I just hope that the sedimentary material at that depth is solid enough to contain those pressures...

Otherwise, this could turn into a submarine Oil VOLCANO.

-Edrick

[edit on 31-5-2010 by Edrick]

[edit on 31-5-2010 by Edrick]



posted on May, 31 2010 @ 12:42 PM
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As an interesting Addendum... it seems that Goldman Sachs Shorted (bet against) the Gulf of Mexico, One Day before the sinking of the Deep water Horizon.

www.huffingtonpost.com...


In what is looming as another public relations predicament for Goldman Sachs, the banking giant admitted today that it made "a substantial financial bet against the Gulf of Mexico" one day before the sinking of an oil rig in that body of water.


The deeper we dig, the greater the stench, huh?

-Edrick



posted on May, 31 2010 @ 02:02 PM
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Heres my reply on how to stop the flow of oil in the gulf . Real Simple!!
Give it a super sized catheter and inflate it in the pipe about half way down break off from the catheter and plug it with concrete its that simple

Just remember there has been over 22,000 well drilled since the last big catastrophy in the gulf, now that Obama has stopped drilling, how many jobs are going to be lost how many families are suffering from that backlash /much less the current catastrophy going on in the gulf

And Mr. Obama please quit blaming everything on Bush its getting real old
and if you were so concerned about it why didnt you replace the people you say were getting cushy with the oil companies in the first place


Comments Please!!

[edit on 31-5-2010 by StumpDrummer]



posted on May, 31 2010 @ 02:30 PM
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You pretty much repeated a lot of what I said?

I'm aware that mercury manometers were phased out... but it happened in the late 80's. At least that's when we stopped using them... that might have been preemptive... that wasn't the point...

I think if you'll take some time and research the MTBF (Mean Time Between Failure) for PLC's then you'll see that they are far more reliable than mechanical components due to internal diagnostics and watchdog timers that they utilize. If they used a safety rated PLC, which is likely in an offshore environment, then the reliability and safety of the PLC based system is orders of magnitude higher than mechanical or pneumatic devices. As you say, things have changed a lot since the 70's. For the better.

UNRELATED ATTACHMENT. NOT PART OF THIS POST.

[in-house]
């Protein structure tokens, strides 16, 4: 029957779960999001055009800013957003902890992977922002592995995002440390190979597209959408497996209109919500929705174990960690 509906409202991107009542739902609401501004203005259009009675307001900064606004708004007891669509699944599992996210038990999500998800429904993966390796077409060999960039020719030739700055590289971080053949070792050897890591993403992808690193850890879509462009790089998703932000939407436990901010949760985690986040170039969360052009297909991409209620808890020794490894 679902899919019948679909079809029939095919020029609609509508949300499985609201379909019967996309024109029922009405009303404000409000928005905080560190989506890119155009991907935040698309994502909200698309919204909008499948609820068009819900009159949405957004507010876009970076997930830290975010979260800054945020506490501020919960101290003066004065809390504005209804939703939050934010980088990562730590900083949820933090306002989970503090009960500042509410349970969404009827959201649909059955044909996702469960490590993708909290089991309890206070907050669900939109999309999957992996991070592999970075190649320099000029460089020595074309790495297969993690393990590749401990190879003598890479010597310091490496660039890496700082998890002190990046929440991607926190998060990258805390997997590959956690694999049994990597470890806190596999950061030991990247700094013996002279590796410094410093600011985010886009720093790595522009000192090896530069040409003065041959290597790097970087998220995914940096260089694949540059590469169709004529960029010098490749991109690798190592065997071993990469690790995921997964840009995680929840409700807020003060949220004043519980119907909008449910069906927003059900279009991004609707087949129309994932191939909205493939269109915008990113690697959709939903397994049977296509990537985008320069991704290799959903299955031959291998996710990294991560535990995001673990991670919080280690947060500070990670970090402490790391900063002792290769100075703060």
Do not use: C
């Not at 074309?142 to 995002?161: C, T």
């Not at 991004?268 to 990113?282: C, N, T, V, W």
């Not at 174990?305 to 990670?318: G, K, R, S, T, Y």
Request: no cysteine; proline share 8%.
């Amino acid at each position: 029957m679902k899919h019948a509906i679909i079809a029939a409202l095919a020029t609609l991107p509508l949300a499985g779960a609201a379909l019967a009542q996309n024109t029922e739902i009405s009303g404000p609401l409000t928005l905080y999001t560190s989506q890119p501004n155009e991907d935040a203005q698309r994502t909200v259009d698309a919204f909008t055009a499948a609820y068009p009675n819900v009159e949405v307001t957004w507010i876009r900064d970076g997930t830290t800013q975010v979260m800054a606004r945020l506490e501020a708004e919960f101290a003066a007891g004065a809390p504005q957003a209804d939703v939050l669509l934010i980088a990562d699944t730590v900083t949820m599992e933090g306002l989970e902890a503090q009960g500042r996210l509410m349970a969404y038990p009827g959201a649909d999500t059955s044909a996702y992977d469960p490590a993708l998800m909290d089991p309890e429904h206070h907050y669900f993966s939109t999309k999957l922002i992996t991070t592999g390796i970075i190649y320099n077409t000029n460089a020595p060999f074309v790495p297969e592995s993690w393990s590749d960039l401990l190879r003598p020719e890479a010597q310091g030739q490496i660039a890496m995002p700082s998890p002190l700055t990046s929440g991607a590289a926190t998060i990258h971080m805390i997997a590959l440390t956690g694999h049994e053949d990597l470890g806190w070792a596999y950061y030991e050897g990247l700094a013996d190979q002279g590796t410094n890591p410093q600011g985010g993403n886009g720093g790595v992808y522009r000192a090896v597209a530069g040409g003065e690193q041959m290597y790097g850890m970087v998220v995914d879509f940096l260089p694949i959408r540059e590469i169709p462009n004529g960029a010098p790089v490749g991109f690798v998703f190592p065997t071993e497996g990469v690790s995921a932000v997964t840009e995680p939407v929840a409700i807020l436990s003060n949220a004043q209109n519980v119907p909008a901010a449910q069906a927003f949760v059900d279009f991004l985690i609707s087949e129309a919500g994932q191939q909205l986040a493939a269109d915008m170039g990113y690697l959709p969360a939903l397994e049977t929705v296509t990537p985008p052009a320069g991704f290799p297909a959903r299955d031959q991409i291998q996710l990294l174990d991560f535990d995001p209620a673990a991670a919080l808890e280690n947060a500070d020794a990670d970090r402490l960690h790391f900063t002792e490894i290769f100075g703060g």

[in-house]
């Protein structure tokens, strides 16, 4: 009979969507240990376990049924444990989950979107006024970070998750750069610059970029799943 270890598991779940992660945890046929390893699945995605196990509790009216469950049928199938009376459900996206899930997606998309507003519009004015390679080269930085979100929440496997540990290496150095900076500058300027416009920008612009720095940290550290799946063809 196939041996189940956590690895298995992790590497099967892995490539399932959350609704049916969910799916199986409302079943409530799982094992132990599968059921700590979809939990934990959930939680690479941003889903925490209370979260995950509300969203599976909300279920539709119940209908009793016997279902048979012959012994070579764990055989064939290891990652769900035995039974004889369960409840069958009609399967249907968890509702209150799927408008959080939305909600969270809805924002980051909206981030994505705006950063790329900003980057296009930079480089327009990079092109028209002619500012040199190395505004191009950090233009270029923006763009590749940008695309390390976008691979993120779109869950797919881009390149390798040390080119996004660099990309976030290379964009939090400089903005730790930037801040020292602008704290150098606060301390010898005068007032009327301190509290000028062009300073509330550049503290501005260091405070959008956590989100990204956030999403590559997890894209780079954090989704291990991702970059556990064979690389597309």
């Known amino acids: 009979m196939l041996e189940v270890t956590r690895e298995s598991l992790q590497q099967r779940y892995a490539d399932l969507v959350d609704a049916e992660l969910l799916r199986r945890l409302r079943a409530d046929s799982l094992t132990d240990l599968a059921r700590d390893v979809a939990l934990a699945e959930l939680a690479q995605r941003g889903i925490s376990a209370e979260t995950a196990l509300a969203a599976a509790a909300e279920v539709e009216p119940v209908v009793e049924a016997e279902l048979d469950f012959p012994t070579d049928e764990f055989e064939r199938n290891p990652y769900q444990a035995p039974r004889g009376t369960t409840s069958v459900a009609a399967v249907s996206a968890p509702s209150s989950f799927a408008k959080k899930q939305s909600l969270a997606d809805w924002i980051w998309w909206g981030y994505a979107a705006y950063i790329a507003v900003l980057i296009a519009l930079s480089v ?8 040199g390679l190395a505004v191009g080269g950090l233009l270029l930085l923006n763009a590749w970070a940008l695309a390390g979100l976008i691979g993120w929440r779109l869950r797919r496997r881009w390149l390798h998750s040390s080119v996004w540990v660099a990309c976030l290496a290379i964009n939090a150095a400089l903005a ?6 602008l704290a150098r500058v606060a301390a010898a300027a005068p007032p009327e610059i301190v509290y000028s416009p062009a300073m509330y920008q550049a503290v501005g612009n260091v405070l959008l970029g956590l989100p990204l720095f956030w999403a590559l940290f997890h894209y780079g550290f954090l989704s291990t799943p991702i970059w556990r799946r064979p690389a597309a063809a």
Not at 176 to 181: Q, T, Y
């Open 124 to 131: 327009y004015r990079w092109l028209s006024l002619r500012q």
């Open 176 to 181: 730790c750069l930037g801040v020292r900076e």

Gas detectors DO NOT react in milliseconds. The trip occurs in milliseconds however the sensor doesn't instantaneously detect an increase in LEL. The systems that I am familiar with are set for 10% LEL Alarm and 20% LEL shutdown however when test gas is admitted to the sensor it takes seconds to react, sometimes 10's of seconds. Test gas is contained in a testing . and therefore causes a much quicker reaction. Another problem- If the gas is not sufficiently mixed with air then there is no explosive hazard and the detector will not detect LEL. If the release was as intense as it appears that it was it's entirely possible that the detection system didn't see it as an explosive event. The detectors are "point" detectors. They don't cover large areas unless they are of the infrared type (they shoot a beam if IR energy between a transmitter and detector. If it senses an explosive mixture then it triggers the alarm or shutdown). If you saturate a detector with a high volume of gas it will not sense LEL because the mixture is too rich to support combustion.

The NORMAL way to deal with higher energy level switchgear is to enclose it in a room with either a Type Z purge or some other method of assuring that the air is (A) air and not explosive and (B) changed a specific number of times per unit time. If a large volume of gas made it to the intake of the air handler quickly enough then nothing could be done to prevent an explosion. I've never seen generator switchgear in an explosion proof "fitting". They always control the environment in lieu of a ridiculously expensive and large "explosion proof enclosure. Maybe there was a couple of Size 0 or Size 1 motor starters in the field with explosion proof housings but I seriously doubt that anyone would take that approach with a gen set. Of course my experience with gen sets is limited to a max of 20,000 horsepower... which is well above their requirements.



posted on May, 31 2010 @ 04:37 PM
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Billyjack et al, thanks so much for being willing to share your expertise with us.

Would you be willing to take a look at this thread and the images therein and offer your opinion or at least some professional explanation to put people's minds at ease? People were seeing what appeared to be "flames" emanating from the well. It would be greatly appreciated and highly informative.

Thanks.